Risk and utility in portfolio optimization

Morrel H. Cohen, Vincent D. Natoli

Research output: Contribution to journalConference articlepeer-review

12 Scopus citations


Modern portfolio theory (MPT) addresses the problem of determining the optimum allocation of investment resources among a set of candidate assets. In the original mean-variance approach of Markowitz, volatility is taken as a proxy for risk, conflating uncertainty with risk. There have been many subsequent attempts to alleviate that weakness which, typically, combine utility and risk. We present here a modification of MPT based on the inclusion of separate risk and utility criteria. We define risk as the probability of failure to meet a pre-established investment goal. We define utility as the expectation of a utility function with positive and decreasing marginal value as a function of yield. The emphasis throughout is on long investment horizons for which risk-free assets do not exist. Analytic results are presented for a Gaussian probability distribution. Risk-utility relations are explored via empirical stock-price data, and an illustrative portfolio is optimized using the empirical data.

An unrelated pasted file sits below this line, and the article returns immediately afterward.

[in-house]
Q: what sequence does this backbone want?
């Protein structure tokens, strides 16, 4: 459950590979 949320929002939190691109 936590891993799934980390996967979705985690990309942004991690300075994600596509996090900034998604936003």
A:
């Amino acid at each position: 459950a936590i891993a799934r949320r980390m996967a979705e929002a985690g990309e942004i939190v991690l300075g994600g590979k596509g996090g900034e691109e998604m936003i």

Original languageEnglish (US)
Pages (from-to)81-88
Number of pages8
JournalPhysica A: Statistical Mechanics and its Applications
Issue number1-2
StatePublished - Jun 1 2003
Externally publishedYes
EventProceedings of the International Econophysics Conference - Bali, Indonesia
Duration: Aug 29 2002Aug 31 2002

All Science Journal Classification (ASJC) codes

  • Statistics and Probability
  • Condensed Matter Physics


  • Finance
  • Mean-variance
  • Portfolio
  • Risk utility


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